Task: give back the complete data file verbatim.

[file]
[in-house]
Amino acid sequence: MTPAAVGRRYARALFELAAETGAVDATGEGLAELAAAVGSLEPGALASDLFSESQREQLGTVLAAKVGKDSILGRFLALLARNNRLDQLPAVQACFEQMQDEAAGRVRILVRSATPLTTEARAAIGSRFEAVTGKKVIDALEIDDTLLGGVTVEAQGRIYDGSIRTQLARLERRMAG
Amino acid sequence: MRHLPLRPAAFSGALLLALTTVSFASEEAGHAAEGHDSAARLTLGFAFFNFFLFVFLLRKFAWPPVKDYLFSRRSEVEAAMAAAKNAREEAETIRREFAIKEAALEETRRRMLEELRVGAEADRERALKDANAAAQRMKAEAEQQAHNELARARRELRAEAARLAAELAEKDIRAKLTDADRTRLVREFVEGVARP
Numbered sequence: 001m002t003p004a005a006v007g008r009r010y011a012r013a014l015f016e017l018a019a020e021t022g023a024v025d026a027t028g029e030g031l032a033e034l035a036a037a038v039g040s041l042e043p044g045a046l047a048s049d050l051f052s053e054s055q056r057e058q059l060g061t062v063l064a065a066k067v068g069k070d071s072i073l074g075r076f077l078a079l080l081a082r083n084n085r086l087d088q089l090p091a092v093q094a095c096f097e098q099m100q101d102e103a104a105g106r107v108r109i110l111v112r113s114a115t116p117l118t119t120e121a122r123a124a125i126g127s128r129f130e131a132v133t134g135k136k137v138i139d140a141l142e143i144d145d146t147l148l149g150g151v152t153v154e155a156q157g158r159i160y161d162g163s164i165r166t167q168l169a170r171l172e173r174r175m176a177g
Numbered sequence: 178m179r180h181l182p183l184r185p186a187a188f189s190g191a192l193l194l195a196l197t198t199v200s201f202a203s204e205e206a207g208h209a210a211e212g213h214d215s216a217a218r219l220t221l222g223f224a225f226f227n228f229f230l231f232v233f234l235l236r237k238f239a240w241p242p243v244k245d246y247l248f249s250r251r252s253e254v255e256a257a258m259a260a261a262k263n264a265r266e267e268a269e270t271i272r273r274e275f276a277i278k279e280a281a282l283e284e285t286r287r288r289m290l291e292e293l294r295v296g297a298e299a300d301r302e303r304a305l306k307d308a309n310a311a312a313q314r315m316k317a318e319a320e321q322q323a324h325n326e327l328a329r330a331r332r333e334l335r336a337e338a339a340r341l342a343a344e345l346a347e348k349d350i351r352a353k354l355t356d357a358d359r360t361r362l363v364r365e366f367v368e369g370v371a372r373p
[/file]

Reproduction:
[in-house]
Amino acid sequence: MTPAAVGRRYARALFELAAETGAVDATGEGLAELAAAVGSLEPGALASDLFSESQREQLGTVLAAKVGKDSILGRFLALLARNNRLDQLPAVQACFEQMQDEAAGRVRILVRSATPLTTEARAAIGSRFEAVTGKKVIDALEIDDTLLGGVTVEAQGRIYDGSIRTQLARLERRMAG
Amino acid sequence: MRHLPLRPAAFSGALLLALTTVSFASEEAGHAAEGHDSAARLTLGFAFFNFFLFVFLLRKFAWPPVKDYLFSRRSEVEAAMAAAKNAREEAETIRREFAIKEAALEETRRRMLEELRVGAEADRERALKDANAAAQRMKAEAEQQAHNELARARRELRAEAARLAAELAEKDIRAKLTDADRTRLVREFVEGVARP
Numbered sequence: 001m002t003p004a005a006v007g008r009r010y011a012r013a014l015f016e017l018a019a020e021t022g023a024v025d026a027t028g029e030g031l032a033e034l035a036a037a038v039g040s041l042e043p044g045a046l047a048s049d050l051f052s053e054s055q056r057e058q059l060g061t062v063l064a065a066k067v068g069k070d071s072i073l074g075r076f077l078a079l080l081a082r083n084n085r086l087d088q089l090p091a092v093q094a095c096f097e098q099m100q101d102e103a104a105g106r107v108r109i110l111v112r113s114a115t116p117l118t119t120e121a122r123a124a125i126g127s128r129f130e131a132v133t134g135k136k137v138i139d140a141l142e143i144d145d146t147l148l149g150g151v152t153v154e155a156q157g158r159i160y161d162g163s164i165r166t167q168l169a170r171l172e173r174r175m176a177g
Numbered sequence: 178m179r180h181l182p183l184r185p186a187a188f189s190g191a192l193l194l195a196l197t198t199v200s201f202a203s204e205e206a207g208h209a210a211e212g213h214d215s216a217a218r219l220t221l222g223f224a225f226f227n228f229f230l231f232v233f234l235l236r237k238f239a240w241p242p243v244k245d246y247l248f249s250r251r252s253e254v255e256a257a258m259a260a261a262k263n264a265r266e267e268a269e270t271i272r273r274e275f276a277i278k279e280a281a282l283e284e285t286r287r288r289m290l291e292e293l294r295v296g297a298e299a300d301r302e303r304a305l306k307d308a309n310a311a312a313q314r315m316k317a318e319a320e321q322q323a324h325n326e327l328a329r330a331r332r333e334l335r336a337e338a339a340r341l342a343a344e345l346a347e348k349d350i351r352a353k354l355t356d357a358d359r360t361r362l363v364r365e366f367v368e369g370v371a372r373p